The award supports promising young members of the medical school’s clinical faculty early in their academic career. Tarrant will receive $3,000 to explore new ideas and ways of teaching students and treating patients or to investigate biological problems.
Etta Pisano, M.D., the school’s vice dean for academic affairs, said Tarrant has demonstrated considerable skill in the clinical arena and embraced teaching enthusiastically.
Tarrant’s research includes examining how leukocytes – also known as white blood cells, an important part of the immune system – migrate into tissues through the process of chemokine receptor signaling. Researchers believe the area is a promising therapeutic target for patients with organ-specific inflammatory diseases including asthma, multiple sclerosis and rheumatoid arthritis. She has also initiated collaborative research with the UNC Biomedical Research Imaging Center to test new nanomaterials for imaging of rheumatoid arthritis disease processes.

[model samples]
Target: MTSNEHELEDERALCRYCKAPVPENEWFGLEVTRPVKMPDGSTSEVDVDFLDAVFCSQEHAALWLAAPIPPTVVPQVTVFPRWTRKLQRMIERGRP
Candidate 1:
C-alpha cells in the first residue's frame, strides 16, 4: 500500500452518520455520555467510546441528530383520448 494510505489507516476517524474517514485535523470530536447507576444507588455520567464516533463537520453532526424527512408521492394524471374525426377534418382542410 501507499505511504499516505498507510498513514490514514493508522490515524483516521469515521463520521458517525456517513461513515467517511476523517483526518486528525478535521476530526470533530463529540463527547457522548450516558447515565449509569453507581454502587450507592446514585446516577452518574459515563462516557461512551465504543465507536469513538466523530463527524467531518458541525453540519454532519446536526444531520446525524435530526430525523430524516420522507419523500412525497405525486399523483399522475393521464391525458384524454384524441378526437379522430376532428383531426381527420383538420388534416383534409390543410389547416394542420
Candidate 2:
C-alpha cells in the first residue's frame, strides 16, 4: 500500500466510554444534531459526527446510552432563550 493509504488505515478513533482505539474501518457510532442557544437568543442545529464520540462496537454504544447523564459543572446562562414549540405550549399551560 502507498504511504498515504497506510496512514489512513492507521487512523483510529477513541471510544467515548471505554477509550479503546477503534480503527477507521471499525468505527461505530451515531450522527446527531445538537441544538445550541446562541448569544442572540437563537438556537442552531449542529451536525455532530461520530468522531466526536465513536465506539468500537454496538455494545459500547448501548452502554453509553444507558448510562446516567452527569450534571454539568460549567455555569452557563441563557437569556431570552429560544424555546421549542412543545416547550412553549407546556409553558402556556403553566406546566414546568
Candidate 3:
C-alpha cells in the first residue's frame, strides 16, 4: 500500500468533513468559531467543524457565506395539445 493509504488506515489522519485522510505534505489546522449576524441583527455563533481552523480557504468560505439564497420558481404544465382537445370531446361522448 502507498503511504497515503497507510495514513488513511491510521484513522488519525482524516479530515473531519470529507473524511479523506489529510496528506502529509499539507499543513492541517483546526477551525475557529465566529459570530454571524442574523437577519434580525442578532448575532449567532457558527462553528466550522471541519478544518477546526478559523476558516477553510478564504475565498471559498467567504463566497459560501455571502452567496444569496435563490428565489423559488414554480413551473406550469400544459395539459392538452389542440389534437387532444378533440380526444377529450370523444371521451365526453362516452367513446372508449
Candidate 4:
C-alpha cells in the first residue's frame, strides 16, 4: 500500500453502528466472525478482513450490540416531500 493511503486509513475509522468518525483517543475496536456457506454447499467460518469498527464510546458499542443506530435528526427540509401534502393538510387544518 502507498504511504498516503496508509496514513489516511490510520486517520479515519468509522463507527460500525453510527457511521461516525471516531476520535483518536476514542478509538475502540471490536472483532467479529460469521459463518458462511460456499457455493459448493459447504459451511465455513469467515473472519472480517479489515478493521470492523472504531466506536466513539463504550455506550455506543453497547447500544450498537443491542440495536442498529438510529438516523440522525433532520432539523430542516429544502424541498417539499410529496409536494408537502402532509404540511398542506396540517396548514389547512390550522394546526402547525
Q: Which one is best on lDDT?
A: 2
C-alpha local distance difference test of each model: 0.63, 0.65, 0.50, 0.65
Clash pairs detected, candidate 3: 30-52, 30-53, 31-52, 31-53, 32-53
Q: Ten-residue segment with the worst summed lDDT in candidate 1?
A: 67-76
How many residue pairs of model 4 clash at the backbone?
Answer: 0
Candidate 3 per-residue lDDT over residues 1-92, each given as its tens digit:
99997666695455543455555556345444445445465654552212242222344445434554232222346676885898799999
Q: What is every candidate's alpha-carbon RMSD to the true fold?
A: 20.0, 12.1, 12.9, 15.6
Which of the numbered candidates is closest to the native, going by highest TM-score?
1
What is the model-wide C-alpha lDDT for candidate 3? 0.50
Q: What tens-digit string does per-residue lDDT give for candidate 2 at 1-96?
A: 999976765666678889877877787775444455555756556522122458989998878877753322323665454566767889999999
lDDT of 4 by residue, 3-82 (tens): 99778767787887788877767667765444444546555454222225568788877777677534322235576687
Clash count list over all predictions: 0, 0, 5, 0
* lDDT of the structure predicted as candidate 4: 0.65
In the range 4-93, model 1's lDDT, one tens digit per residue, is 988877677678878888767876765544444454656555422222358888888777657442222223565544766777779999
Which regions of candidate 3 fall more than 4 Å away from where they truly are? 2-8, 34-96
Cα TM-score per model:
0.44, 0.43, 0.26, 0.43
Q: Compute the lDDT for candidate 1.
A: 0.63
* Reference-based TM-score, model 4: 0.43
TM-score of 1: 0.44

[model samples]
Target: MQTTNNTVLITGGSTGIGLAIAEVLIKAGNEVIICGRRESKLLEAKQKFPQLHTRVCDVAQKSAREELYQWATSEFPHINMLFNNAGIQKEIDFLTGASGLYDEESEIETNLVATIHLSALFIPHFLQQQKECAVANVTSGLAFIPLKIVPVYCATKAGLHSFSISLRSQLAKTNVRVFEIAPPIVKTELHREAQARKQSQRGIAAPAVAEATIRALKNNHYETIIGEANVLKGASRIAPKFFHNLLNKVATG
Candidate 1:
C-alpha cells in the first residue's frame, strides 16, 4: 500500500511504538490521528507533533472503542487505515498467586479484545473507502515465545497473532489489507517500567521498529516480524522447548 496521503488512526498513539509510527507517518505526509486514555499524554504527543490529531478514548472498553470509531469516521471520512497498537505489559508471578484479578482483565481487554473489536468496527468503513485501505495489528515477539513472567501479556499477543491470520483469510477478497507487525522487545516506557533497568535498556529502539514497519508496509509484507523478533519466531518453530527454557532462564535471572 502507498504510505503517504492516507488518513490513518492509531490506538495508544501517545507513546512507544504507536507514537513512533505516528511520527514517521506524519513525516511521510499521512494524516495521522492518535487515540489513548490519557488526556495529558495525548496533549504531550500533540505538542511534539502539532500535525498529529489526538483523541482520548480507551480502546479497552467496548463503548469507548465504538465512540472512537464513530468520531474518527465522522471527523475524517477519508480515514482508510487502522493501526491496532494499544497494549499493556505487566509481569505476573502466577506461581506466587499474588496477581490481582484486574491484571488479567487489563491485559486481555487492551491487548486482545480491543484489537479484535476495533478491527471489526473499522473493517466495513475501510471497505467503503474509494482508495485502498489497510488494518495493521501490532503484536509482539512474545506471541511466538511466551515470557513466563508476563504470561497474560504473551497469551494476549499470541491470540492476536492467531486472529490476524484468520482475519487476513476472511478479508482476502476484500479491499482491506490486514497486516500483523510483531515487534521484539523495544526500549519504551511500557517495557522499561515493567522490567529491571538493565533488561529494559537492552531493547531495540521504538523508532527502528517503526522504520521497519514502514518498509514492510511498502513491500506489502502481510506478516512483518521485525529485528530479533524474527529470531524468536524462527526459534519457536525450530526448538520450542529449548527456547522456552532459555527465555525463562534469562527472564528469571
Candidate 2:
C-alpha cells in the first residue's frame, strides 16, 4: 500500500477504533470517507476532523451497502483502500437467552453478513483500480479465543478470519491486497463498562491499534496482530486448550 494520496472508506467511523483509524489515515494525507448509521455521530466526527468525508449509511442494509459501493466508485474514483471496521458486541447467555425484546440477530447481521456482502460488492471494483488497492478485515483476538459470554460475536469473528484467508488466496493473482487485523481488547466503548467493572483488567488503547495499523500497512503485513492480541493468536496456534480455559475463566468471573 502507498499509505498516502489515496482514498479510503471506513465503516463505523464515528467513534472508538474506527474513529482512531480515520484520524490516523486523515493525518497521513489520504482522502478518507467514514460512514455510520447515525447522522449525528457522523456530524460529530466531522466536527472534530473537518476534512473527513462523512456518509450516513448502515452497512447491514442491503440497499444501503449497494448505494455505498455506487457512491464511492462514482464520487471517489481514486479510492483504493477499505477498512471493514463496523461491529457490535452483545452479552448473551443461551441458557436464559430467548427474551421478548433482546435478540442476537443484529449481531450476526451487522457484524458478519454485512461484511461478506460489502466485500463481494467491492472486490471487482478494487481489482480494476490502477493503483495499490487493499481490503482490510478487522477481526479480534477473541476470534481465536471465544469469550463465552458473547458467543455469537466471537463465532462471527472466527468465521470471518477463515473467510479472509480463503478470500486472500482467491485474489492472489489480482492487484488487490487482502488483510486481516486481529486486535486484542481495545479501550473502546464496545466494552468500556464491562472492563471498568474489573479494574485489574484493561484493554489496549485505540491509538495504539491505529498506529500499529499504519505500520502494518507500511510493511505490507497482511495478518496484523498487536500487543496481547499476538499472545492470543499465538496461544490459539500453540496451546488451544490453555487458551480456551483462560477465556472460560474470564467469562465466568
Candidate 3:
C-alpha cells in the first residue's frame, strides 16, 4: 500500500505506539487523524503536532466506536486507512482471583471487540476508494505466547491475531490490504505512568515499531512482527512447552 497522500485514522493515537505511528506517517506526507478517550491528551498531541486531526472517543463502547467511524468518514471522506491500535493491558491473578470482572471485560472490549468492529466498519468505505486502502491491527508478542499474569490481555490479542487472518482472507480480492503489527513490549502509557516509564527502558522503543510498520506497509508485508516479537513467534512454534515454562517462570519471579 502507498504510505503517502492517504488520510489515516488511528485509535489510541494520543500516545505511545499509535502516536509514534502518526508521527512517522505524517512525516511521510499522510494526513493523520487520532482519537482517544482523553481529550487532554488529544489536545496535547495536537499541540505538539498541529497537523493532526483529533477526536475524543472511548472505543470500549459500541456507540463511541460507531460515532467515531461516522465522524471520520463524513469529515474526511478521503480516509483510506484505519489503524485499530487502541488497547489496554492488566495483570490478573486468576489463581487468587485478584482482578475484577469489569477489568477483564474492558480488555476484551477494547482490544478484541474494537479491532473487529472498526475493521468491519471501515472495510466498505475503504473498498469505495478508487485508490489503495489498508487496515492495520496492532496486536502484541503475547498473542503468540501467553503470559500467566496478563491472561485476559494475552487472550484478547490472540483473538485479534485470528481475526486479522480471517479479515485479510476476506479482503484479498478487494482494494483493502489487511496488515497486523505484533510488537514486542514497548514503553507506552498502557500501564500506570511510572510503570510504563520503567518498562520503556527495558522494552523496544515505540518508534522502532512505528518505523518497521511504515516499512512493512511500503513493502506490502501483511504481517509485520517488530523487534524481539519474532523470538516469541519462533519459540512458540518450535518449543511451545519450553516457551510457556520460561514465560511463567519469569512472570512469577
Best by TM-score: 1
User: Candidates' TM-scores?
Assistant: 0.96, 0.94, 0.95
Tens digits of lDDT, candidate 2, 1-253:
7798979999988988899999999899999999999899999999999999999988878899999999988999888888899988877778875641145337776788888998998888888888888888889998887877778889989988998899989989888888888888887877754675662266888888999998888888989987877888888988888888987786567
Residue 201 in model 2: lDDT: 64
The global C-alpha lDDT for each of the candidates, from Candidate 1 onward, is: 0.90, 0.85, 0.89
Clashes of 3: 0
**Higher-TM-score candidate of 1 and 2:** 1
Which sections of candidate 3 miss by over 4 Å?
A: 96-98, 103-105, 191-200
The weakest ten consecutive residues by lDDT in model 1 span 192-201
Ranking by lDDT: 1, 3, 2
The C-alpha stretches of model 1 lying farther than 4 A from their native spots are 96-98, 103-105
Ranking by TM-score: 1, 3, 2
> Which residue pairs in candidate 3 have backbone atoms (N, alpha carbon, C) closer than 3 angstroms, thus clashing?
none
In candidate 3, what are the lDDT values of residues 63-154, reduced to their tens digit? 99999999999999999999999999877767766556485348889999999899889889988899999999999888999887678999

The Woods Award was established through the generosity of the late James Watson Woods, M.D., a cardiologist and professor in the School of Medicine from 1953 to 1983.